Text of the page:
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The ESRB Ratings and What They Mean

    You may have heard of all the fuss around the country about how violent or sexually explicit video games are reaching the nation's children.  Many people (and members of congress) put the responsibility of the situation off on the video game industry, the Entertainment Software Association (ESA), and its ratings system, the Entertainment Software Rating Board (ESRB).  No matter what steps these organizations can take to prevent such material from reaching the children, they will all be ineffective if YOU, the parent are not informed of two things:

  1. The game's content

  2. The game's rating (which reflects the game's content)

    I have designed this website in the hopes that I may inform parents of the ESRB's ratings system.  The first step is to know the ratings, which are as follows:

  1. EC (Early Childhood)

  2. E (Everyone)

  3. E10+* (Everyone 10 and older)

  4. T (Teen)

  5. M (Mature)

  6. AO** (Adults Only)

  7. RP (Rating Pending - Usually appears in an advertisement before the game is released.)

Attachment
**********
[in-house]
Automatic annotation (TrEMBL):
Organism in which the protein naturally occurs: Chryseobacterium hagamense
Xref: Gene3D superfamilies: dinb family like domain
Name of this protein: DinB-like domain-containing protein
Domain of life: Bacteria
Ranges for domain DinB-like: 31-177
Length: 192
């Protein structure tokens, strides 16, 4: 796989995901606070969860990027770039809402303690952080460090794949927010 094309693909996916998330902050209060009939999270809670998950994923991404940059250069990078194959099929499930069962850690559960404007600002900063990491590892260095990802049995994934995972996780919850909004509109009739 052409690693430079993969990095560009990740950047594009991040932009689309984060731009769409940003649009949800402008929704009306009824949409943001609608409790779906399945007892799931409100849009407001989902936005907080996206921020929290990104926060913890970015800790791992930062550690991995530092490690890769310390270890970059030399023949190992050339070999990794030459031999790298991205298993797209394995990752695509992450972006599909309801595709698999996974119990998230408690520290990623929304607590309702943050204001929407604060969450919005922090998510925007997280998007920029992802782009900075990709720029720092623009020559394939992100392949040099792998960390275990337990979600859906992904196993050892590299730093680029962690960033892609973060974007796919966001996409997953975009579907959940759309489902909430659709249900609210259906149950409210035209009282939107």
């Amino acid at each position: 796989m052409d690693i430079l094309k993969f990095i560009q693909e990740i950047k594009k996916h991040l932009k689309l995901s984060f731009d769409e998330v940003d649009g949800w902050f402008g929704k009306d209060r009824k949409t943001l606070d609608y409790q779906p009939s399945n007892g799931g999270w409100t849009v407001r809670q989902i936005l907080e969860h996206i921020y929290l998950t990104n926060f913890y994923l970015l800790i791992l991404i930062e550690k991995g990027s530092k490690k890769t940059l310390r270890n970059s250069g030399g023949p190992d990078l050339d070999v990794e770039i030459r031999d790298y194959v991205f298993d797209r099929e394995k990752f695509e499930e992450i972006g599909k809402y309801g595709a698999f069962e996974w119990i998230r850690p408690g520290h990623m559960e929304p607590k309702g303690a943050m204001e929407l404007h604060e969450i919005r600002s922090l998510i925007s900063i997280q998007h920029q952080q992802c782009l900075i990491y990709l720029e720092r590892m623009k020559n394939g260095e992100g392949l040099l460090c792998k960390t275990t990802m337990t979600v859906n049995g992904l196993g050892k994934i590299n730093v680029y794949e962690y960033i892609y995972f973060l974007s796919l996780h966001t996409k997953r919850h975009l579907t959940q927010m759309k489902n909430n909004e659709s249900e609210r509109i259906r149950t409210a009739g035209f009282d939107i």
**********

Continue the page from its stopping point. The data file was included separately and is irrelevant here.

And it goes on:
The next step is to learn what each of these ratings means.  Click on the name of each rating to learn more about what it means.  I hope this has been or will be a helpful resource for you as you decide which games are right for your children.  And remember, only YOU, the parent, can truly decide what those games are.

*This rating was only added in 2005 at the request of parents who felt a rating between "Everyone" and "Teen" was necessary.

**Most retailers do NOT display such games in their store.  In fact, even if they did, they certainly would not sell a game under this category to a minor.

For more information, please visit these informative websites:

  1. Entertainment Software Association

  2. Entertainment Software Rating Board

  3. The Video Game Voters Network

This site is meant as a means for parents to learn more about the ESRB ratings, and only as a means for parents to learn more about the ESRB ratings.  If you still have more questions after reading this site, I refer you to the above websites.  Although each game has content descriptors, there are 32 of them and I do not feel like listing them all individually on this site.  However, I'm positive at least one of the aforementioned websites lists them all in detail.  Thank you for taking the time to learn about the games instead of prosecuting them, and you are welcome for the information.  This is not a publication of the ESRB. :)

Read my Senior Project: Video Game Violence and Self-Regulation.